As I wrote in last month’s feature on Sundown National Park, southern Queensland’s Granite Belt is a great place to head for a real taste of winter. There’s no better place to experience ‘the big chill’ than amongst the natural highlights of the region.
Here you can see the awesome granite domes and balancing boulders of Girraween National Park and, just over the NSW border, Australia’s second largest monolith, Bald Rock. Over the millennia, sun, wind, water and ice have sculptured this striking granite landscape into incredible forms and created an oasis for many varieties of flora and fauna.
Located just off the New England Highway, 25km south of Stanthorpe, Girraween (an Aboriginal word meaning ‘place of flowers’) offers a comfortable, different and interesting wilderness experience suitable for all ages. The kids will love scrambling over the boulders and waterworn creek beds while adults interested in nature may spot some of the 146 bird species in the region, including the rare turquoise parrot, superb lyrebird and channel-billed cuckoo. The area is also home to iconic Australian animals including platypus, echidnas, kangaroos, koalas and even wombats, and 700 or so plant species.
The park, situated at the headwaters of the Murray-Darling River basin, has an average elevation of 900m and so has more in common with cooler southern areas than the rest of Southeast Queensland. Over 17km of defined walking tracks wind their way throughout the park and lead to most of the more interesting features, including The Pyramids, The Sphinx, Turtle Rock, Castle Rock, Dr Robert’s Waterhole, Underground Creek and Mt Norman. Over the border at Bald Rock, a marked trail leads up the smooth granite face to the summit where visitors can enjoy sweeping views all the way north to Mt Lindesay.
Both parks have excellent visitor information displays and good facilities (including hot showers at Girraween). The parks are surrounded by wineries and a good range of top quality accommodation is also available nearby for those reluctant to spend the night in an icy tent. Those who enjoy the cold can choose from camping areas at Castle Rock and Bald Rock Creek in Girraween and at Bald Rock camping area in its namesake national park.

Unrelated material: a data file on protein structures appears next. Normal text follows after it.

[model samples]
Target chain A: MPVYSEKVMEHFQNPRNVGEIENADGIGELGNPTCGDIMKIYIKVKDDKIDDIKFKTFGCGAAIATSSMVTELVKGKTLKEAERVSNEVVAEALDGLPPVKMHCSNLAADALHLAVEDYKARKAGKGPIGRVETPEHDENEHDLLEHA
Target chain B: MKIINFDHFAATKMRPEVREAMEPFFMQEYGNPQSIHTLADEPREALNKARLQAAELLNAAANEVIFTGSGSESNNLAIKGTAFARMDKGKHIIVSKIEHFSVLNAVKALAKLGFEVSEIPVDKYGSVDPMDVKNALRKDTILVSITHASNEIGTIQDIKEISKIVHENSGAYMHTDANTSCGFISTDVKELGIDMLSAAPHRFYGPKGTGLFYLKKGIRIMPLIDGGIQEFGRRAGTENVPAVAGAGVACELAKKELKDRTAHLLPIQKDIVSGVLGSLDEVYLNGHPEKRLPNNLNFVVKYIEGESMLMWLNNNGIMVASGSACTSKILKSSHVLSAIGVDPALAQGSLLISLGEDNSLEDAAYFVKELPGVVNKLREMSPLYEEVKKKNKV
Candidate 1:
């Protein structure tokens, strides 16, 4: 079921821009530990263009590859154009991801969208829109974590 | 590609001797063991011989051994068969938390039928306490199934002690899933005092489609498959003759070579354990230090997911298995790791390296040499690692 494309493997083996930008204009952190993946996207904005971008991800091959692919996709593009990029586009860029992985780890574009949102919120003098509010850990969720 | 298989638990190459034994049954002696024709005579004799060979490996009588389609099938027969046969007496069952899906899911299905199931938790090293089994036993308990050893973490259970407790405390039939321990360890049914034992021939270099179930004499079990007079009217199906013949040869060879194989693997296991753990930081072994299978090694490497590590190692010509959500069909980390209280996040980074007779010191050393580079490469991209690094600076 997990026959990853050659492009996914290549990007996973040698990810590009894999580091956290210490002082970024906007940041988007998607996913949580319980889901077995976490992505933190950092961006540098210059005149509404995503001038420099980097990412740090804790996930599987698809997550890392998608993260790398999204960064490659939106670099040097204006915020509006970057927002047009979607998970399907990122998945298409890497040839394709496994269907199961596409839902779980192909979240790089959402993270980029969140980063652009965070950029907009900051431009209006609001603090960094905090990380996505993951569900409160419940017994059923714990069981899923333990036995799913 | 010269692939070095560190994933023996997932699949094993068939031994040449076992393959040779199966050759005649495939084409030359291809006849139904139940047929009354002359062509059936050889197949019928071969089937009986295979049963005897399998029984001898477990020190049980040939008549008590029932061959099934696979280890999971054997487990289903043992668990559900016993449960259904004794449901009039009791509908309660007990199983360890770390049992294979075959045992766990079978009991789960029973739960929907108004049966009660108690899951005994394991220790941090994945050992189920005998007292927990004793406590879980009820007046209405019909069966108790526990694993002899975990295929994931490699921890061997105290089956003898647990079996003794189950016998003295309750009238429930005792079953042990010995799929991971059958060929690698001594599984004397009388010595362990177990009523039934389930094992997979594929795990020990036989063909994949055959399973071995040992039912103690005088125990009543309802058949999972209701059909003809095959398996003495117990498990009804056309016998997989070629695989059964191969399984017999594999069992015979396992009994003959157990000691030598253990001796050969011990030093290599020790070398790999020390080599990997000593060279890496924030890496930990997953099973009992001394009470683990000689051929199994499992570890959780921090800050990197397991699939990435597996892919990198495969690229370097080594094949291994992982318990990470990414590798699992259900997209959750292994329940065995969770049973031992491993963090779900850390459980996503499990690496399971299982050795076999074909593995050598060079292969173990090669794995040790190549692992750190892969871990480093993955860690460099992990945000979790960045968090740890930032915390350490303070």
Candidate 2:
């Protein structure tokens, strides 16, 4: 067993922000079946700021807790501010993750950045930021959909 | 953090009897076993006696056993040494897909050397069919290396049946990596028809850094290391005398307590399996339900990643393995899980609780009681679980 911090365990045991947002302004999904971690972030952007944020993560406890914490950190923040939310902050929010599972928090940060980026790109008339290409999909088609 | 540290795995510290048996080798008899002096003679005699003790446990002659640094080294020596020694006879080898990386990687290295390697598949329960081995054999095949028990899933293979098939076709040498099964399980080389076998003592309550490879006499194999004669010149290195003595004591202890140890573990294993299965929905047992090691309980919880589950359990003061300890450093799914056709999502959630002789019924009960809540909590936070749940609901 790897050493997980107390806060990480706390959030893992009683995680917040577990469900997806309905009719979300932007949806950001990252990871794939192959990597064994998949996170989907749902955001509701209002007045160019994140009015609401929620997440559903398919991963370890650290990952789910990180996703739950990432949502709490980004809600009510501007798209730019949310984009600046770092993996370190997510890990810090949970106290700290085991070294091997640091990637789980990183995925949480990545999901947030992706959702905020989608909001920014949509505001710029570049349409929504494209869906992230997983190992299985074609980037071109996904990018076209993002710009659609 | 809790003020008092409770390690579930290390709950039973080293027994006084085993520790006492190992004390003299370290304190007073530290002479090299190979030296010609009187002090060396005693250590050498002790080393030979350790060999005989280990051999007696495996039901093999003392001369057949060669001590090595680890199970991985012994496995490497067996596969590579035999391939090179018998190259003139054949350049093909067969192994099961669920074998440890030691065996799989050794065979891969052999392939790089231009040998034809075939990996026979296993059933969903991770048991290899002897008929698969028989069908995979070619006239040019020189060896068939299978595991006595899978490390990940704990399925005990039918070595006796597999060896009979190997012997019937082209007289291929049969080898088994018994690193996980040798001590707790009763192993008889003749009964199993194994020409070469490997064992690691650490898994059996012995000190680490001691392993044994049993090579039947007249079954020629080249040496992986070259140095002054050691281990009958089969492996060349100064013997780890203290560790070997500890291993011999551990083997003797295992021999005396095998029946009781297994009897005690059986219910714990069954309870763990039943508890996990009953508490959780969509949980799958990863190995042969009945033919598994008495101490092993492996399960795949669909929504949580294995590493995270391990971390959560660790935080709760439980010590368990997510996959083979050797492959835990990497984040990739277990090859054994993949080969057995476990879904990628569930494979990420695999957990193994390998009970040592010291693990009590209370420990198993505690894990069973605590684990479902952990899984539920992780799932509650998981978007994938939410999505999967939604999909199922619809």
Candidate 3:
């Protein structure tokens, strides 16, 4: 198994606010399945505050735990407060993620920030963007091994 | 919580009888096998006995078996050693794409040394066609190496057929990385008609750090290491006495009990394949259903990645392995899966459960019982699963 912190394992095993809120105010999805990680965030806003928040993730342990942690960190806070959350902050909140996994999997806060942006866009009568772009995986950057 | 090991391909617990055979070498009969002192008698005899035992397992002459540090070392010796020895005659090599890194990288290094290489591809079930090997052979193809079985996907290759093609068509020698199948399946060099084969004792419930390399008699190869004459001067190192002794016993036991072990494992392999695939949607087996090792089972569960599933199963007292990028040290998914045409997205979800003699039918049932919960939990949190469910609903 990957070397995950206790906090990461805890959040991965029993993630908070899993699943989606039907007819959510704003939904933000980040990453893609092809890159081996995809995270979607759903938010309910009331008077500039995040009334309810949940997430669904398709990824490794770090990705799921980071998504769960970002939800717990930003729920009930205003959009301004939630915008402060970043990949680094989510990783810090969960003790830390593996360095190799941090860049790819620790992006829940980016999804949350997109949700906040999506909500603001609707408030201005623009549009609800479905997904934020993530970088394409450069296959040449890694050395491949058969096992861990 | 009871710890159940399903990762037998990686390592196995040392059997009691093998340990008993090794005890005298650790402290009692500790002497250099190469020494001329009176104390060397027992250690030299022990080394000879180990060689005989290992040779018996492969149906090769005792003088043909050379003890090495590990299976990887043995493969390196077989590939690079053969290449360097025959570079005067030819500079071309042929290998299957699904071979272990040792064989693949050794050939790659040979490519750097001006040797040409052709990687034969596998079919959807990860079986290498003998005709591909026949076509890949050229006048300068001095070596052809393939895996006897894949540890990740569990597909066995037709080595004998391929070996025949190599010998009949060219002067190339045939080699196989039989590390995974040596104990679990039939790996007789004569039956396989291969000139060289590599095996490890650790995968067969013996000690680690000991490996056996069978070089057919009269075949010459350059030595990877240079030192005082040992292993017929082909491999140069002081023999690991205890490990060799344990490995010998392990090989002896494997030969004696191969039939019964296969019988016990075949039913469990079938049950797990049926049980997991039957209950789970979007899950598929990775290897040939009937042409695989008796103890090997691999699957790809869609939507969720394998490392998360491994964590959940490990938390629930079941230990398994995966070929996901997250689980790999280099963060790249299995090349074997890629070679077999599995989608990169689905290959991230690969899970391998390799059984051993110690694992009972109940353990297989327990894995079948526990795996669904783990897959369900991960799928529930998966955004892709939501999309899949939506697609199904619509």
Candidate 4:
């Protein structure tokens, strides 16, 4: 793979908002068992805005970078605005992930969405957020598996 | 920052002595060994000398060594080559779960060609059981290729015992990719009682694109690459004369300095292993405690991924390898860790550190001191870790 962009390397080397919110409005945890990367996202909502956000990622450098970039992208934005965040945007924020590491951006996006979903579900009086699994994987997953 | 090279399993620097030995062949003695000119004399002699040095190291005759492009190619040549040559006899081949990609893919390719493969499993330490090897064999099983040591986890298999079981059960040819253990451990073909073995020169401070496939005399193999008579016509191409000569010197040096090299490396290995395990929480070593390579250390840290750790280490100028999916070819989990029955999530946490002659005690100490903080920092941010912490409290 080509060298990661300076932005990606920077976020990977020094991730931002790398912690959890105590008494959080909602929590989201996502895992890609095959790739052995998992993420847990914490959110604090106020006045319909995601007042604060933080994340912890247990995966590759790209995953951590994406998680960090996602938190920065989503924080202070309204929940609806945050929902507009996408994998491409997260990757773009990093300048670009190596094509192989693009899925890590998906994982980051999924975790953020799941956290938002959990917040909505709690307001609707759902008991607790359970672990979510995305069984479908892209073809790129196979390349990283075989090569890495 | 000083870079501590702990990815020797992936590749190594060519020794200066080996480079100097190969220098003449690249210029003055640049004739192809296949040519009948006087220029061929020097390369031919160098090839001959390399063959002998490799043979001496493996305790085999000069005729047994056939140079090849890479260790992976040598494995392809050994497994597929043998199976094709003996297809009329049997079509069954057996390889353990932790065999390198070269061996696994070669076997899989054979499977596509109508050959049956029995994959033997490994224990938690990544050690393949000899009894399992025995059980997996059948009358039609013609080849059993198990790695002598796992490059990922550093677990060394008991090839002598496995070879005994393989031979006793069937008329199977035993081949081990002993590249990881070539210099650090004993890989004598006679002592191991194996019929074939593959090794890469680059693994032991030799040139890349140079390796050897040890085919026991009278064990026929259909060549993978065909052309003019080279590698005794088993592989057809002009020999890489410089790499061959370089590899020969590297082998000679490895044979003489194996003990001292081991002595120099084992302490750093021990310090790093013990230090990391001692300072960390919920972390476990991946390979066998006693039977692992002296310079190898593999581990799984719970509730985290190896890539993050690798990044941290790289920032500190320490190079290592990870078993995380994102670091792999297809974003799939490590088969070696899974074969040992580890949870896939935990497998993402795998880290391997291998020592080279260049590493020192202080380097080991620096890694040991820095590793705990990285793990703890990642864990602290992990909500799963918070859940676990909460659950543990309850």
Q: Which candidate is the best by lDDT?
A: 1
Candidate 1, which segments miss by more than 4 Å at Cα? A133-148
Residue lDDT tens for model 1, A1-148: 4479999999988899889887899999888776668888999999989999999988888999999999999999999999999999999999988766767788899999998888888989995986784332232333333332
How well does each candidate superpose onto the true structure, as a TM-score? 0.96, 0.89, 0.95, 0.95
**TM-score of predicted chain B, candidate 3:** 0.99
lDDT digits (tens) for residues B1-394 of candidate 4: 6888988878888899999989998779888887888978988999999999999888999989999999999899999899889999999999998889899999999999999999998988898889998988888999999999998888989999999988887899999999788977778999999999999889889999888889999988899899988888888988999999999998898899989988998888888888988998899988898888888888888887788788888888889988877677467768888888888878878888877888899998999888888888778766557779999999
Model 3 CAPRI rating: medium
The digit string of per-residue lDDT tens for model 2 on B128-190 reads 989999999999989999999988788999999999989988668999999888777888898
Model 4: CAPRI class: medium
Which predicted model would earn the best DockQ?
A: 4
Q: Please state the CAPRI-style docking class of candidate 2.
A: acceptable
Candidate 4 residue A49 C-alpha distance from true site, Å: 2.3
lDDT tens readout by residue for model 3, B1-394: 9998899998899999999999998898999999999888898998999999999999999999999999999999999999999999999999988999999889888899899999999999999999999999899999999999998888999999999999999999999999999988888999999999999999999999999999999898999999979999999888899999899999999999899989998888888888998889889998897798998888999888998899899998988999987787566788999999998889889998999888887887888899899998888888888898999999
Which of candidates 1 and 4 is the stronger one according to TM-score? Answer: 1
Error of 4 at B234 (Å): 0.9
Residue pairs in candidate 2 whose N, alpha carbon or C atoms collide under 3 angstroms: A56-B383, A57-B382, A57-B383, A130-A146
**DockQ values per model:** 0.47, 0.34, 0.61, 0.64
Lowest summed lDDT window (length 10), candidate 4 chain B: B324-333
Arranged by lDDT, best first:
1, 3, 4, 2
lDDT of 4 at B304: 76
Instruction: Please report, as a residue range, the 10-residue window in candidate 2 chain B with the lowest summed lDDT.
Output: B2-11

Access into both parks is easy. A sealed road leads from the New England Highway into Girraween National Park, but past the camping areas the roads are decomposed granite with an easy 4WD-only track leading to Twin Peaks, the Mt Norman picnic area and eventually out of the park and into Wallangarra. Access to Bald Rock is via the old Mt Lindesay Highway, which is mostly decomposed granite.
A little further down the road from and 8km east of Bald Rock, Boonoo Boonoo National Park protects one of the district’s few remaining natural river landscapes and is home to Boonoo Boonoo Falls, the highest in the region. A lookout provides a great view of the 210m drop and camping is also available in the park at Cypress Pines. The three parks are popular all year round so bookings are essential. For more information and campsite bookings contact Girraween National Park on (07) 4684 5157 or Bald Rock National Park on (02) 6732 5133.
For more information on great 4WD destinations pick up the latest edition of Dirty Weekends SE Qld, Central Qld, Moreton Island or Fraser Island at
1) The smooth northern face of Bald Rock, Australia’s second largest monolith and the largest granite dome in the southern hemisphere. The walk, climb and descent (3km from the carpark return) take about three hours.
2) The balancing boulders atop The Pyramids, a relatively easy walk from the Girraween NP campgrounds. Bald Rock is in the distant background.
3) A mob of kangaroos graze in a clearing with Girraween’s highest peak, 1267m Mt Norman in the background.
4) Looking up at one of The Pyramids from the Girraween National Park access road.
5) The view south from the Pyramids is over the Girraween National Park camping areas.
6) Picturesque Paling Yard Creek is one of two you will cross along the Mt Norman 4WD track.Reads: 2574